0
#include <cs50.h>
#include <stdio.h>
#include <string.h>
#include <ctype.h>
int main(int argc, string argv[])
{   
   if (argc == 2 && isdigit(*argv[1]))
   {
     for (int i = 0, n = strlen(argv[1]); i  n; i++)  
     {
        printf("success\n");
        int k = atoi(argv[1]);
        printf("%i\n", k);
     }
   }   
   else if (isalpha(argv[1]))
   {
           printf("usage: ./caesar key\n");
    }
   else
   {
       printf("usage: ./caesar key\n");
   }
   return 1;
}
1
  • Thank you very much, its very helpful. Because i can get the logic of functions but with the variables im confused. Jan 6 '20 at 10:08
1

In isdigit(*argv[1]), *argv[1] is same as argv[1][0] (array[i] is same as *(array + i)), so you check only the first character for being a digit. You'd have to check all individual characters (can return early if encountering a non-digit).

Since failing even one check is fatal (no need to continue), I would use a scheme like

if check1 fails
    print usage instructions
    quit
if check2 fails
    print usage instructions
    quit
[...]
process input that passed all the checks

The all-digits check would be a loop with a check inside.

Do not rely on atoi to check for non-integers. https://man.cs50.io/3/atoi states

The atoi() function converts the initial portion of the string pointed to by nptr to int. [...] atoi() does not detect errors.

atoi converts all the characters that would make sense for an integer. It ignores any extras, and you have no way to know if there were any. Once you know you have your (in our case even non-negative) integer, you can use atoi to convert.

1
  • thank you! now i understand Jan 6 '20 at 13:49
0

I noticed a couple things. One of which you may want to keep around, but the others maybe not. Its up to you how you intend the end result to be/look.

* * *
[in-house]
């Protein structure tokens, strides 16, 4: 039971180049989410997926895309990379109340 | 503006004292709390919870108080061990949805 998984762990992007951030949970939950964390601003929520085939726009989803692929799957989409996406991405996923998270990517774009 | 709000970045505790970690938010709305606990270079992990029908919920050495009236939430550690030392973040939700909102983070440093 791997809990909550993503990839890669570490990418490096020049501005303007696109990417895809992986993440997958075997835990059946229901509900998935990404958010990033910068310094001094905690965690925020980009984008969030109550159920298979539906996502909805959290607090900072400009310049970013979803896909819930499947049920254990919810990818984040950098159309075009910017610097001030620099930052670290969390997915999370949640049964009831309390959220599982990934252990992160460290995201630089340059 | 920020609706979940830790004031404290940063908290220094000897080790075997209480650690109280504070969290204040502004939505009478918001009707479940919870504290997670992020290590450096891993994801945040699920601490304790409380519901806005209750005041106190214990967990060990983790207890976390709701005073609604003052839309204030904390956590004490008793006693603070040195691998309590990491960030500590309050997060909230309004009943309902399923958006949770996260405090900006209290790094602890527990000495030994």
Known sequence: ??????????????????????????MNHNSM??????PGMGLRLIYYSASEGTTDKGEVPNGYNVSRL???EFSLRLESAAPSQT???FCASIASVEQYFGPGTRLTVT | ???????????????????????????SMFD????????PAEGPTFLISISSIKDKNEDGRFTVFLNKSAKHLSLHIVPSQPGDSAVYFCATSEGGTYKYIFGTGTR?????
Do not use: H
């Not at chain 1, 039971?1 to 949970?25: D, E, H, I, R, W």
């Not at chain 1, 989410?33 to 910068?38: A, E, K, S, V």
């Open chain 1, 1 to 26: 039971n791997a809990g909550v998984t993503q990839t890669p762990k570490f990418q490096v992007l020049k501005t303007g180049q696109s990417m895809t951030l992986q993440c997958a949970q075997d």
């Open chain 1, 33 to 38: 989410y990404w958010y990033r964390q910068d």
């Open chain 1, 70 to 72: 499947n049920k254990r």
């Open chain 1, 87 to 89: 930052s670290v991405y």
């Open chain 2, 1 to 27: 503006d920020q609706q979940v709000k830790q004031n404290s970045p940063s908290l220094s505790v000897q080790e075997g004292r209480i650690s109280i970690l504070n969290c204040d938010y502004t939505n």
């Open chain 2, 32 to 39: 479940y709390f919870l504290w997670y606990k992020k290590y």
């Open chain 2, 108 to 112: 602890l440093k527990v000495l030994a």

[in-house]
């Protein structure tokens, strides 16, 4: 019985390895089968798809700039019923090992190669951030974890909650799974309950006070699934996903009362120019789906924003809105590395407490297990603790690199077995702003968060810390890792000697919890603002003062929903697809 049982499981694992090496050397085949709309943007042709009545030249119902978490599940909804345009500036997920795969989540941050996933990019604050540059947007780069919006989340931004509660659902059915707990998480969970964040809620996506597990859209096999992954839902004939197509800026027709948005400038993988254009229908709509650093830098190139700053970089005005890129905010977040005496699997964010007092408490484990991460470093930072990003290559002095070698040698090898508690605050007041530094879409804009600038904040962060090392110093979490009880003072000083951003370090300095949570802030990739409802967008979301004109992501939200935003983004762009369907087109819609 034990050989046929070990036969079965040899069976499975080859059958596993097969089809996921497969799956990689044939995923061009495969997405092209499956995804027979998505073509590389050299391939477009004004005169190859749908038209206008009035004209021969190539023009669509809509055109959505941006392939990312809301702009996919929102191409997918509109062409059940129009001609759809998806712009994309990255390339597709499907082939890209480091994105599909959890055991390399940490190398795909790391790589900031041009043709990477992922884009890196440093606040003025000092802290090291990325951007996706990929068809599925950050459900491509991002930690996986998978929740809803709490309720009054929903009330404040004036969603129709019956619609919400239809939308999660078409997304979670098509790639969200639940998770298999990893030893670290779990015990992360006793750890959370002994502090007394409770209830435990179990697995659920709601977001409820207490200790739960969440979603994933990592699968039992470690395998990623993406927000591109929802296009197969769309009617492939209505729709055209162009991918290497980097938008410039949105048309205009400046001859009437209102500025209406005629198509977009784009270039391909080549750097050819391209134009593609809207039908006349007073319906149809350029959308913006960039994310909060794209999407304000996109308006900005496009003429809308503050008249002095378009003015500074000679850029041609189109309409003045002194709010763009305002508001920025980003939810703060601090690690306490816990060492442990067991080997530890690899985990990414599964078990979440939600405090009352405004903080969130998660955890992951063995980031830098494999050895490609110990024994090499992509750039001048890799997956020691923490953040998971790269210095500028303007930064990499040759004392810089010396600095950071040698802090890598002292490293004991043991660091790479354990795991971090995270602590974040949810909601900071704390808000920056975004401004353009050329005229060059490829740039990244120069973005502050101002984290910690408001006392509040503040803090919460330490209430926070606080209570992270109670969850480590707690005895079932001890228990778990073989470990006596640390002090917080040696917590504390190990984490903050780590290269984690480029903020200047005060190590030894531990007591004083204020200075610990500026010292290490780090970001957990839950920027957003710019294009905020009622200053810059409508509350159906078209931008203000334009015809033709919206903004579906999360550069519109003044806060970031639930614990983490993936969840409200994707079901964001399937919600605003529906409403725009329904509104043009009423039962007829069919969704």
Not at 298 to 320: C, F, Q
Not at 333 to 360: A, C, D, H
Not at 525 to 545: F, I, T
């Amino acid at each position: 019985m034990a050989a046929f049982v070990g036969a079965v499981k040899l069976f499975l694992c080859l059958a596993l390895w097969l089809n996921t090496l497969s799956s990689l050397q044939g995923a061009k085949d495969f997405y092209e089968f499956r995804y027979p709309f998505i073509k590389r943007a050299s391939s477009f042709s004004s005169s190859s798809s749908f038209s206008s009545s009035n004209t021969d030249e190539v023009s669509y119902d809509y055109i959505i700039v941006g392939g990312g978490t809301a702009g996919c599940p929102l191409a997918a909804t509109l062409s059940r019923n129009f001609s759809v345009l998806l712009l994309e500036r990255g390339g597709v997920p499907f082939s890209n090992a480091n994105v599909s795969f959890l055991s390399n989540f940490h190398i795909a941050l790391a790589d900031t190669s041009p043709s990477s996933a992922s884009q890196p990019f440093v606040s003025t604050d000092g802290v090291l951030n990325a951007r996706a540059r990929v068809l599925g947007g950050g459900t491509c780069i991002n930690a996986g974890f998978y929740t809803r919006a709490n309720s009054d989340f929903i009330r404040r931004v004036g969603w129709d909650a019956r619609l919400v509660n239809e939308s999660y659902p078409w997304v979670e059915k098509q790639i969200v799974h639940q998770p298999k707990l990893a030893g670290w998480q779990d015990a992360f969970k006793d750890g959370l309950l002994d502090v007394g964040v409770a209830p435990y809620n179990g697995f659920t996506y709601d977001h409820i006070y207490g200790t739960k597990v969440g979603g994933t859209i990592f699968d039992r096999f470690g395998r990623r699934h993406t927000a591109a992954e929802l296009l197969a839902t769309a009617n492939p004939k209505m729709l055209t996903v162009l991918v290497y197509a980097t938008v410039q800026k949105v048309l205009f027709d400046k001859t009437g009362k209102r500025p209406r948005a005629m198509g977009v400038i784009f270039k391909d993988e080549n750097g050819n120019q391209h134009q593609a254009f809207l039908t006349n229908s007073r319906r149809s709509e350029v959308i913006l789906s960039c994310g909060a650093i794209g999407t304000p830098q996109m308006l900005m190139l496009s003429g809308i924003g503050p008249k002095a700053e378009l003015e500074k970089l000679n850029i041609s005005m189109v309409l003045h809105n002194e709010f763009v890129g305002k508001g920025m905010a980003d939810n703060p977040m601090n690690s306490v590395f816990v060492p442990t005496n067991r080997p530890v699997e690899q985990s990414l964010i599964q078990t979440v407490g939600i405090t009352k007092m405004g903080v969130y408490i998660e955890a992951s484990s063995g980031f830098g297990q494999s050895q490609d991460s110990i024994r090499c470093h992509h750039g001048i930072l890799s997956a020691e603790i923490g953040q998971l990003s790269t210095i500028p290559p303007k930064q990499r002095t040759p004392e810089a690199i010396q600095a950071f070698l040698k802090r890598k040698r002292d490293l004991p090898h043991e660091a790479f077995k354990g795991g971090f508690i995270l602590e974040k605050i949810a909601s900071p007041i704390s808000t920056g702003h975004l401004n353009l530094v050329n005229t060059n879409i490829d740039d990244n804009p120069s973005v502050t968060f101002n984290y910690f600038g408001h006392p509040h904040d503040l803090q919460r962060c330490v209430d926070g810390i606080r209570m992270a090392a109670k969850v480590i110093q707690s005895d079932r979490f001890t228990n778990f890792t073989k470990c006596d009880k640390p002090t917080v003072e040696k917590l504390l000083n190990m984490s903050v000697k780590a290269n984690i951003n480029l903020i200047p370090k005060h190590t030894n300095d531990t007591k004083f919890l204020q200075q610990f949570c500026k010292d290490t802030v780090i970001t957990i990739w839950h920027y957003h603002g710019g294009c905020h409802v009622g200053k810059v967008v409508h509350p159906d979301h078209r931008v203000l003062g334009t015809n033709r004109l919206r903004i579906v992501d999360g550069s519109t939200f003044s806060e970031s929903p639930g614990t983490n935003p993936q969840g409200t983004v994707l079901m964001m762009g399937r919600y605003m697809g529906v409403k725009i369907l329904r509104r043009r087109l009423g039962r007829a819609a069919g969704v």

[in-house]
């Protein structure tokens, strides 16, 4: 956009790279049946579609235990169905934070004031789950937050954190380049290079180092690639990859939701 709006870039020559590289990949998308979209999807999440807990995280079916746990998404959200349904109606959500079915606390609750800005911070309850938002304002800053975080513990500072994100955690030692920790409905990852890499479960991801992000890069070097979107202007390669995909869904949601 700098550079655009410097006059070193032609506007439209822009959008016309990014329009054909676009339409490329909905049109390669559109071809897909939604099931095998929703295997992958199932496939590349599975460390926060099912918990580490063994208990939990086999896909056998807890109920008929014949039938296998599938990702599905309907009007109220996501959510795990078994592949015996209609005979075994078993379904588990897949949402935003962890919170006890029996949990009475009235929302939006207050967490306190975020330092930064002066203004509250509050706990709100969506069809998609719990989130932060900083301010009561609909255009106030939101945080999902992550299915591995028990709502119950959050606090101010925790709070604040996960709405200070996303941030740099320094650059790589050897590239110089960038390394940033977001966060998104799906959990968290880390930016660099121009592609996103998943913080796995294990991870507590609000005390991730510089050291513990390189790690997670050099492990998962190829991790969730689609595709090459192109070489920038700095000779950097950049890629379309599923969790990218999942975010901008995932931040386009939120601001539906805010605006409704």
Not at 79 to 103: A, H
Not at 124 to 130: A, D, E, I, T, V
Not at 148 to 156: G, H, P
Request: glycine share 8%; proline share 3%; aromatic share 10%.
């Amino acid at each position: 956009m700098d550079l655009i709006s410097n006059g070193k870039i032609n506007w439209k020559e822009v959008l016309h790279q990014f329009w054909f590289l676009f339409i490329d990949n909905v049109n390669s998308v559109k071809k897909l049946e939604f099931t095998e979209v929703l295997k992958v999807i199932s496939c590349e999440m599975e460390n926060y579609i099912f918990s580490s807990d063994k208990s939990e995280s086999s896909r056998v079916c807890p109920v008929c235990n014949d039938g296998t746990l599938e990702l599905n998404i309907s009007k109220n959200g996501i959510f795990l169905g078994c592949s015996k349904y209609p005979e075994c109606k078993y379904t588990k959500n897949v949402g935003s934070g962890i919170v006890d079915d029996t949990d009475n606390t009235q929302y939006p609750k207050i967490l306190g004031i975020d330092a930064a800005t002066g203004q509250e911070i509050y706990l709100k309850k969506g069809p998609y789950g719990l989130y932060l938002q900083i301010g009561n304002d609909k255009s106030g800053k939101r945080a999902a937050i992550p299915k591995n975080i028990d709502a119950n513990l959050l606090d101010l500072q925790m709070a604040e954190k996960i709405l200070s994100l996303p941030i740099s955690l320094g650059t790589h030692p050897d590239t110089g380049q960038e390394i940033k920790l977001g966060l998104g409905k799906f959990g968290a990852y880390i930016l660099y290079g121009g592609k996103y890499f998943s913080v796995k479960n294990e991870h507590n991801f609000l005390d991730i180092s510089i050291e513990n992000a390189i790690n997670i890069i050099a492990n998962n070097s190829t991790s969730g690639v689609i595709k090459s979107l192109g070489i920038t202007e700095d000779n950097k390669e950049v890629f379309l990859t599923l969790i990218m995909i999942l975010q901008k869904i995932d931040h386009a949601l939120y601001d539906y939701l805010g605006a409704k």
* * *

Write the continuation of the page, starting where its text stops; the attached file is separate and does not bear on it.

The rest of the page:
/* I'm not really a fan of the cs50.h lib. Although reading though it is pretty
   helpful and interesting. Personally I recommend not using it, but its your call.
*/
#include <cs50.h>
#include <stdio.h>
/* There is no reason to use the string lib IMO when only using it for argv.
   Maybe this is a helpful lib, but char* is just the same.
*/
#include <string.h>
#include <ctype.h>
#include <stdlib.h>
// int main(int argc, string argv[])
// If you don't use the string lib then the definition of main is:
int main(int argc, char* argv[])
{
/*   
     if (argc == 2 && isdigit(*argv[1]))
     {
     for (int i = 0, n = strlen(argv[1]); i  n; i++)  
     {
     printf("success\n");
     int k = atoi(argv[1]);
     printf("%i\n", k);
     }
     }   
     else if (isalpha(argv[1]))
     {
     printf("usage: ./caesar key\n");
     }
*/

/* I commented out your original code and have replaced it as such */
    int k = 0;
    char* key = argv[1];

    if (argc == 2)
    {
        k = atoi(key);
        if(k) {
            printf("success\n");
            printf("%i\n", k);
        }
        else {
            printf("usage: ./caesar key\n");
            printf("key was not a number\n");
            return 1;
        }
    }
    else
    {
        printf("usage: ./caesar key\n");
        return 2;
    }
    return 0;
}

So now let talk about what I changed

First I changed the definition of main from using type string to char*, this is purely semantic as far as I am concerned. I only did this to show a more typical definition. Then I created a char* variable called key to look at the same value that lies at argv[1]. That's semantic only but helps me identify what that value should be.

I see what you were setting up to do here with this loop but it is unnecessary. for (int i = 0, n = strlen(argv[1]); i n; i++) You can simply rely on the atoi() std function to do everything you need in this case. If atoi() fails for some reason it returns the number 0, so that give you a simple int to check against. Also in your for loop you didn't properly define the condition to continue the loop, which would have been i < n. No worries there, but thats part of the reason your compilation was failing.

Last you didn't include the stdlib.h header, so your atoi() function was not properly defined. You would have found that eventually.

Hopefully this is helpful.

2
  • string vs. char* has nothing to do with string.h, this typedef is found in cs50.h. string.h provides the strlen function, not exactly necessary here, but a valid choice. And I would advise against using atoi for checking an integer. Try for example atoi("1q7xa"), certainly this is not an integer.
    – Blauelf
    Jan 6 '20 at 6:40
  • thank you, this is very helpful Jan 6 '20 at 13:50

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